Researchers Rush To Answer Questions About Newly-Legal Hemp Crops

HARRISBURG, PA (WITF) – Alyssa Collins said she has been fielding around five phone calls every day from people with questions about hemp–and that’s not even counting the emails. Collins directs Penn State’s Southeast Agricultural Research and Extension Center in Lancaster County, where researchers are part of a multi-state, USDA-supported study into different varieties of hemp that can be used for food and fiber. Pennsylvania approved more than 300 permits to farm industrial hemp this growing season, after Congress loosened restrictions on the crop last year. Hemp was long banned because of its relationship to marijuana, but it does not have enough of the psychoactive compound THC to produce a high. So now, researchers like Collins are trying to clear up uncertainties about the crop.

With Backlog Affecting New York Brewers, Schumer Urges Action

A backlog on the federal level is hurting local brewers. Sen. Chuck Schumer brought that message to Rochester’s Genesee Brewery on Monday. Schumer said brewers are heavily regulated and must file applications with the Alcohol and Tobacco Tax and Trade Bureau in order to release new flavors, update labels or change the size of a bottle.

Need For High-Speed Internet Tops Lawmakers’ Agriculture Agenda

HARRISBURG (WSKG) — State lawmakers on the Agriculture Committee took advantage of the Farm Show’s presence in Harrisburg this week, and convened in a back room of the complex to discuss their top priorities with Agriculture Secretary Russell Redding. One of their primary focuses didn’t have to do with farming, exactly; rather, with making sure rural communities aren’t held back by bad internet access. In cities and suburbs, high speed broadband internet is typically a given. But Representative Pam Snyder said in her rural district in Pennsylvania’s southwestern corner, it’s often a luxury — and that can profoundly affect the people living there. “I have all or part of eight school districts.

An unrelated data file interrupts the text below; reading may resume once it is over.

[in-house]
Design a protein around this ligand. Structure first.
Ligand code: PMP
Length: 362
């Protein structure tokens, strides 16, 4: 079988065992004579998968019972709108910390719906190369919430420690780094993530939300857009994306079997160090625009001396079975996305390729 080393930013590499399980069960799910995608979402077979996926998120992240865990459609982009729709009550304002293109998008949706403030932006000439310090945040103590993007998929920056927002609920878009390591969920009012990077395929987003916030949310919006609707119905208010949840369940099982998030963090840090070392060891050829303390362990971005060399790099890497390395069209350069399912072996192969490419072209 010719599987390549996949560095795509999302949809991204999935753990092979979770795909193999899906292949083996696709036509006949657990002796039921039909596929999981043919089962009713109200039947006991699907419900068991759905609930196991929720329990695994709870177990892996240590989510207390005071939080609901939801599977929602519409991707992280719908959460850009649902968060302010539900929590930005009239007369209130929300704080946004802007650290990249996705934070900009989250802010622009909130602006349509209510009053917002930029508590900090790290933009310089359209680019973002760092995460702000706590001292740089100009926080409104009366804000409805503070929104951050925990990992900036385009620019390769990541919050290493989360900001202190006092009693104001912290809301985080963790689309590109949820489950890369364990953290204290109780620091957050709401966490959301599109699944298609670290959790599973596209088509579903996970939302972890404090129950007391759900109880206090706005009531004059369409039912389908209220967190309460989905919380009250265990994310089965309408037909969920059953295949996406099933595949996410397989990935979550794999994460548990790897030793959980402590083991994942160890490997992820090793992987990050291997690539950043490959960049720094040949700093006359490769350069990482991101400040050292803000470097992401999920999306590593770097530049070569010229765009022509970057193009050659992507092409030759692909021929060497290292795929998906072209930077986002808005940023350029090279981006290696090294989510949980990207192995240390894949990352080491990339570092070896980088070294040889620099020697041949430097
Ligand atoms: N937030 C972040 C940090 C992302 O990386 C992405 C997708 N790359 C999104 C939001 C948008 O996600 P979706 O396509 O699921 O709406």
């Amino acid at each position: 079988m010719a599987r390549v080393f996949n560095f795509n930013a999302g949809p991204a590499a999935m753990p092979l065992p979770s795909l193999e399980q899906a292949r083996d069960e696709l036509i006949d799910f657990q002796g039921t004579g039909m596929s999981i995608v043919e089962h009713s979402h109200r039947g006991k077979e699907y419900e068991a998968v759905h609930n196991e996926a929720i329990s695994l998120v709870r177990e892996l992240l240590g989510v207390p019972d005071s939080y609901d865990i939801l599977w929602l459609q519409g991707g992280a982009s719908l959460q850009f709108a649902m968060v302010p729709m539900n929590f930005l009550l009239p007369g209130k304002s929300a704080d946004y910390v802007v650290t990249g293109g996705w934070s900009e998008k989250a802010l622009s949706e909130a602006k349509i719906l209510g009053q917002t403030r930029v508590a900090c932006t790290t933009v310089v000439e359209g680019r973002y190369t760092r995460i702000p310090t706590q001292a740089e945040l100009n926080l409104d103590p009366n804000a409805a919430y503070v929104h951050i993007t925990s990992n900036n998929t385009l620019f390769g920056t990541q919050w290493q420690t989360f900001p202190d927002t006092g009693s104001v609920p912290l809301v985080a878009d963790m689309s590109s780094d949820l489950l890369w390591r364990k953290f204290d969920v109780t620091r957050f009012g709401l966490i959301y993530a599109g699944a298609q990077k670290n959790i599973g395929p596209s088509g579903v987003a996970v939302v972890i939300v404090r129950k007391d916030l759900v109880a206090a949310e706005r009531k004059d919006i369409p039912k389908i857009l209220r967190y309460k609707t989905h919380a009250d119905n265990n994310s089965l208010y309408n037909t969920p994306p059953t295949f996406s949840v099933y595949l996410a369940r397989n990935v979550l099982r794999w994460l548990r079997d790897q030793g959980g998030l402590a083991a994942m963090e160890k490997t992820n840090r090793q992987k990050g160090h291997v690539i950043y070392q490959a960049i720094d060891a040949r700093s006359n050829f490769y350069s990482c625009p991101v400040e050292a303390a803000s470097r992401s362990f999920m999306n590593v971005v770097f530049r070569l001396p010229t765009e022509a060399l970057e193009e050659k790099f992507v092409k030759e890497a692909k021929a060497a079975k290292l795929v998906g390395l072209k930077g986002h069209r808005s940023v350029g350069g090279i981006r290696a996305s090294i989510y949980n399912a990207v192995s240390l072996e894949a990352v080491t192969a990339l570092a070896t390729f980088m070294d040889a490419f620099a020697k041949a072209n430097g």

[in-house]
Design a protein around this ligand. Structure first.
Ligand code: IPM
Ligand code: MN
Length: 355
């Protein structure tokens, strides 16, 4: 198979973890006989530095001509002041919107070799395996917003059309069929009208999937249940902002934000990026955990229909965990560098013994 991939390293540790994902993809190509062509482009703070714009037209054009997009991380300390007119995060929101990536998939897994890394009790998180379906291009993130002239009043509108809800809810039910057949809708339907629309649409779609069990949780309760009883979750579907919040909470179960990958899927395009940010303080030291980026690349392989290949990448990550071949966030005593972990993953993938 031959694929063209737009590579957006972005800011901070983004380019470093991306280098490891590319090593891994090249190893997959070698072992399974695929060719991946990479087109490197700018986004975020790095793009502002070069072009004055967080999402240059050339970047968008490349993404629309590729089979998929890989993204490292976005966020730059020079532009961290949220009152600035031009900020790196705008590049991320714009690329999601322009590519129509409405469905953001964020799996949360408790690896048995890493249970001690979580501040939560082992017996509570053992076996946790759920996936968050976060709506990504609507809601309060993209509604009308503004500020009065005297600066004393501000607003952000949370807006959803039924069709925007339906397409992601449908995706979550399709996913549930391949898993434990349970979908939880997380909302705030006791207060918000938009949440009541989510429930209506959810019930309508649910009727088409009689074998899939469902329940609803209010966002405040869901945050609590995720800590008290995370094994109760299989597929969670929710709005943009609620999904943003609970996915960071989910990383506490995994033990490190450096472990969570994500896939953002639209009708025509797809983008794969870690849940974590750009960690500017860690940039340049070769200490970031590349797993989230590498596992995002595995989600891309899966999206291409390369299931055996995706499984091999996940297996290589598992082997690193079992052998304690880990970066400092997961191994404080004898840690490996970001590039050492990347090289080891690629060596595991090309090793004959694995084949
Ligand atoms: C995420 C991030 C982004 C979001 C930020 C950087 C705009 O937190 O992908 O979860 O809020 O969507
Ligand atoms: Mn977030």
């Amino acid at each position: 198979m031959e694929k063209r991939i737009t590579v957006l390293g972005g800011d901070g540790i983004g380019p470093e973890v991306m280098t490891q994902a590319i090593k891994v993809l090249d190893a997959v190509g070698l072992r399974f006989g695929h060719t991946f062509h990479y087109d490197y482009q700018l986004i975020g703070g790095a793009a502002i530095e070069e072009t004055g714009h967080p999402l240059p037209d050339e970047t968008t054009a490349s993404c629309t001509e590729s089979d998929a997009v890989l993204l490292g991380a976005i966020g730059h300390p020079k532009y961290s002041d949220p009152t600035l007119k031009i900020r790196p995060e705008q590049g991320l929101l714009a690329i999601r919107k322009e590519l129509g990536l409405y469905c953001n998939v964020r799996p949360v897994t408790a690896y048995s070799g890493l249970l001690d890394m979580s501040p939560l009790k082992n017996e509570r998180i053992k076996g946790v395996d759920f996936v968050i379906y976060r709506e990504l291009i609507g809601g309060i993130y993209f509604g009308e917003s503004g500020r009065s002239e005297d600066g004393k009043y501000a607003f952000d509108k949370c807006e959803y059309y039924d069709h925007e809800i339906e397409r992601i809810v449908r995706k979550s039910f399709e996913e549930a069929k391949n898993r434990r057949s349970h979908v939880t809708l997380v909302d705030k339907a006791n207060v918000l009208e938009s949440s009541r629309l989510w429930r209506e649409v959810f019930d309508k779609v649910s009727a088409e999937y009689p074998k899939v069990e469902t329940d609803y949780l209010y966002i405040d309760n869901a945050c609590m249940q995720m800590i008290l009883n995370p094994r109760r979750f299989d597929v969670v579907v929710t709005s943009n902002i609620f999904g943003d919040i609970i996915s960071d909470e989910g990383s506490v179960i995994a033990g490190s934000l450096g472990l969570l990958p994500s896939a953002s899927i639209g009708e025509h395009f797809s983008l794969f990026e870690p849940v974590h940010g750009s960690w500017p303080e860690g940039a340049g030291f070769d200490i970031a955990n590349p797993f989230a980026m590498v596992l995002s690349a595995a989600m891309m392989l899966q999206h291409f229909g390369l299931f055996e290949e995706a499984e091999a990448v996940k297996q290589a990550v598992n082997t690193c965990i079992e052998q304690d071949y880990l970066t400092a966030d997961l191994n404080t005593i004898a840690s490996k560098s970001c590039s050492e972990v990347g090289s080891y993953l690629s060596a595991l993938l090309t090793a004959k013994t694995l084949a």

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New York Farm Worker Suit Examines The Meaning Of ‘Employee’

There’s a lawsuit now in New York that could expand the rights of farm workers. Under state law, farm workers aren’t allowed to bargain collectively, but the state Constitution may say something different. The complaint The part of the New York State Constitution that matters is Article 1, Section 17. Here’s the relevant portion: Employees shall have the right to organize and to bargain collectively through representatives of their own choosing.  Aadhithi Padmanabhan of the New York Civil Liberties Union called the text crystal clear.

Going for a Ride | #tbt

In today’s vintage throwback Thursday photograph, a farmer gives his daughter a ride in a wheelbarrow while a group of cows look on. The photo was taken in Chenango County probably around the late 19th or early 20th century and represents an interesting snapshot of farm life during this time period. Tune in for the premiere of “Harvest,” WSKG’s new original documentary chronicling the history of agriculture in our region, on November 19th at 8PM to learn more about family farm life.  

Photograph courtesy of the  Chenango County Historical Society.